I would contend that neither education nor experience are applicable to the current unemployment situation this nation is enduring. You’re rounding on a circulatory path back toward “training and education” which does not address the structural realities of a globalized economy – and one which will likely become more deregulated and favorable to foreign corporations and less favorable to domestic public interests if TPP is realized.

What your analysis leaves out is who determines value and why and the value of human capital. Your analysis skews the perspective of economic relations so drastically it’s unrecognizable as a thoughtful response to a supranational economic climate. You seem to reiterate the standard talking points for justifying not only the marginalization of “Big Labor” but the non-existence of “Big Labor” within an economic sphere determined by “Big Business” interests. This suggests you believe in the simplification that what is good for big business is good for aggregate labor. I’d disagree.

Your protection racket analogy is flat out wrong on several counts, and it is an identifiable meme derived from propagandist extremism. I suggest you study what protections rackets are, how and why they function the way they do, how they have evolved over time, and the circumstances under which they operate. Unions are not analogous.

When you use this analogy you insert the idea that businesses are victims of labor – that workers are victimizing their employers. Not only is this not a useful lens for examining the complex issues of our day, it subverts the actual power structure and exploitative relationship that currently exists and which exists in historical precedent.

Union members are not racketeers. Racketeers are not legitimate players within a legitimate relationship. if you thoughtfully examine this metaphor you’ll find the economic extortionist in this country is not citizen labor but big business. If you believe there is some coherently scaled contrast between unions and big business with respect to kickbacks and regulatory capture, please do make the argument.

I’ll grant you this – unions in this country have not adapted well to nor sufficiently resisted globalization. But I would maintain that your antiquated business model doesn’t either. If we accept the current supranational economic structure – and for the record, I do not – then more responsive attitudes and perspectives must be reached. Germany and Spain, for example, have actively opened their economic cultures to the kind of creative thought that is marginalized in this U.S. by the very rhetoric you espouse.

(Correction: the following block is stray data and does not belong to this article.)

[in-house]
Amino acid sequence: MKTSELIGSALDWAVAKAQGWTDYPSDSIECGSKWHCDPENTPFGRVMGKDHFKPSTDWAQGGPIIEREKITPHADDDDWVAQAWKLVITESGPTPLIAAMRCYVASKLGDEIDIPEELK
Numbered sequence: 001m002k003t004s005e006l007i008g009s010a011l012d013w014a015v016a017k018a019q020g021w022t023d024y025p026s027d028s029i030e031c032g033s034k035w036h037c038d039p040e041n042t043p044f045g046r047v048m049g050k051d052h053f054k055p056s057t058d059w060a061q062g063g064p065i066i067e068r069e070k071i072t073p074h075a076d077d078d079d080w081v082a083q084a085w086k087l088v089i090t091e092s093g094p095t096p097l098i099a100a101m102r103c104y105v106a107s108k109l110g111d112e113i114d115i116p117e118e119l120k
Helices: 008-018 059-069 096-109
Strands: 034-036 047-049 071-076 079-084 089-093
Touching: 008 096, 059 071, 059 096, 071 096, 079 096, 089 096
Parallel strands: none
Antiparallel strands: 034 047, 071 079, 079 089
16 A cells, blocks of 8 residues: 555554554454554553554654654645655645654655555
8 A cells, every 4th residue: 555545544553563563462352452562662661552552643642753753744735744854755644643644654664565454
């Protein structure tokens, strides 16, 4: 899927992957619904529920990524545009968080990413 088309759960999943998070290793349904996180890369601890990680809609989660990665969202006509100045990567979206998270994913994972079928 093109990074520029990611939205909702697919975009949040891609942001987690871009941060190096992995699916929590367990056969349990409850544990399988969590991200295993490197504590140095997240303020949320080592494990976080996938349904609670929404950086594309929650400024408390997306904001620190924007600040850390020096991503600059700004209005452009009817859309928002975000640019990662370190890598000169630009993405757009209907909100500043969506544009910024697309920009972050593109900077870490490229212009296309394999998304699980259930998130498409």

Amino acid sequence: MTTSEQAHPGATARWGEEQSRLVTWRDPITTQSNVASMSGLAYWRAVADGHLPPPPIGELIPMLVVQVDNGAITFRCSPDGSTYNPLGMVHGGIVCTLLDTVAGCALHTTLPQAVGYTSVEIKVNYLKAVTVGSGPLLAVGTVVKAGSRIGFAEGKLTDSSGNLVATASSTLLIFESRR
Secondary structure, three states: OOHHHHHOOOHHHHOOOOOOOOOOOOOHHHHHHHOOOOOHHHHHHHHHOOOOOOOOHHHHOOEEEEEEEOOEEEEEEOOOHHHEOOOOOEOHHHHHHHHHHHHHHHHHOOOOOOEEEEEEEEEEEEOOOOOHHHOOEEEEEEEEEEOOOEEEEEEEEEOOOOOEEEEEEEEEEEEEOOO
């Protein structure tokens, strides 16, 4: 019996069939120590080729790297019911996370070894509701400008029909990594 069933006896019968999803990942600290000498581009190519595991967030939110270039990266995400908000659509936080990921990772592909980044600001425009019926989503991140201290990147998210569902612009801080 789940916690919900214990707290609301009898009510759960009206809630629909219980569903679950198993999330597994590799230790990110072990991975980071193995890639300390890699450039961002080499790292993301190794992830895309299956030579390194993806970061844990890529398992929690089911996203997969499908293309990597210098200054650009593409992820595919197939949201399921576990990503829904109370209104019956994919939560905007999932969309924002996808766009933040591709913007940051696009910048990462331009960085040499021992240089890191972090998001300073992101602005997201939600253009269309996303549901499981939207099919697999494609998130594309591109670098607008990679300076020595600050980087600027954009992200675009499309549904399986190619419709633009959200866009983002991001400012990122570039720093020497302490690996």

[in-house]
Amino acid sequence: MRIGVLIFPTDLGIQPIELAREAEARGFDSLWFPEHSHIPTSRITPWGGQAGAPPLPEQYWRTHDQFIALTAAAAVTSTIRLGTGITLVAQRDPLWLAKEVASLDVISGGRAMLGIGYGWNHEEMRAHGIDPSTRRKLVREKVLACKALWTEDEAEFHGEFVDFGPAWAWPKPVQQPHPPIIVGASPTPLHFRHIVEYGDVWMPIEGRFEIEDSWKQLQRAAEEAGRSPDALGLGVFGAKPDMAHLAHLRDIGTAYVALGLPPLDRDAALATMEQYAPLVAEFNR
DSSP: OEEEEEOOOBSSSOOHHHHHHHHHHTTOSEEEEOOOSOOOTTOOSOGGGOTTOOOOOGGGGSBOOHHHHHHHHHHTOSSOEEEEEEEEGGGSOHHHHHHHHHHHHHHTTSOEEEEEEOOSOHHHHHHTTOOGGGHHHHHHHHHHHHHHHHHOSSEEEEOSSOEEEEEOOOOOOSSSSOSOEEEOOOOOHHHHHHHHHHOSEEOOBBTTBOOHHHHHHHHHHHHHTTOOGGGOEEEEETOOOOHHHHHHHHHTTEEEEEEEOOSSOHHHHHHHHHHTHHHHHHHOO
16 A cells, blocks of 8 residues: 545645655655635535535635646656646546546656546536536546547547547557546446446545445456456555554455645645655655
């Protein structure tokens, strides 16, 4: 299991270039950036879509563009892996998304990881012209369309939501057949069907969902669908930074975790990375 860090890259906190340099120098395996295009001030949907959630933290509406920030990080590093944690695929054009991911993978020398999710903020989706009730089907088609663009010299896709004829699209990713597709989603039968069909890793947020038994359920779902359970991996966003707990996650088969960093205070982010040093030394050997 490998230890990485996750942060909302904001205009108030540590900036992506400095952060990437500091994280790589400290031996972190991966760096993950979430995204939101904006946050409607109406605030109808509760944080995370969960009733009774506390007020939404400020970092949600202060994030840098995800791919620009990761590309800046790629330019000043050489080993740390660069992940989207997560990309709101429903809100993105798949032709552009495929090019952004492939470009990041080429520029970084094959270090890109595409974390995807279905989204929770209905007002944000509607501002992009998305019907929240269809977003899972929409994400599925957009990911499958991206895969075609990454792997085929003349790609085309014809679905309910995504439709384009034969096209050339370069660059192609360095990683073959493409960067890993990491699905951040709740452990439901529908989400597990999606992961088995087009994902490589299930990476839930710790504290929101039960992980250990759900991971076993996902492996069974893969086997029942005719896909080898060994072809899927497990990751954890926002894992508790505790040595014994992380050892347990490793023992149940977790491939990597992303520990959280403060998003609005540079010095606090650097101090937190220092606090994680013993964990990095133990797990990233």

I only wish I were half as articulate as PJ.

Happy Watergate Day, Republicans!

Ahhh, the good old days when political criminals were actually held to account.

Charlie Pierce has a fantastic piece on the 40th anniversary of the unravelling of a President.

Forty years ago, on June 17, 1972, a very ordinary middle-class guy did his job, and he did it very well. His name was Frank Wills, and, on that night 40 years ago, he was making his rounds as a security guard at the Watergate complex, a bit of high-end real-estate hard by the Potomac in Washington, D.C. He passed by a door in the basement of the complex’s parking garage and noticed that a piece of tape had been placed on the door in such a manner as to prevent the door from locking. Wills took off the tape and continued on his rounds. Upon passing the door again, Wills saw that a fresh piece of tape had been put on it. It was then that he did his job very well. Frank Wills called the cops.

Forty years ago, on June 17, 1972, three members of the D.C. metropolitan police’s tactical team did their jobs, and they did them very well. Sergeant Paul Leeper, and officers John Barrett and Carl Shoffler responded to Wills’s call at 1:52 a.m. It didn’t sound like much. They got half-a-dozen “burglary in progress” calls every night. But when they met Wills, and saw the tape on the door, they began to work the building in earnest. It was then that they did their jobs very well. On the sixth floor, which was occupied entirely by the Democratic National Committee, they saw more tape on another door. They also found some ceiling panels missing. They drew their guns. Barrett saw some movement in a darkened office belonging to Stanley Griegg, the deputy secretary of the Democratic party. He identified himself and told whomever was there to put their hands up. Five men gradually unfolded themselves from behind desks and chairs. They surrendered peaceably, and then it all began.

Nixon had his secret taping system; Walker had (has?) his secret e-mail system.  Coincidence?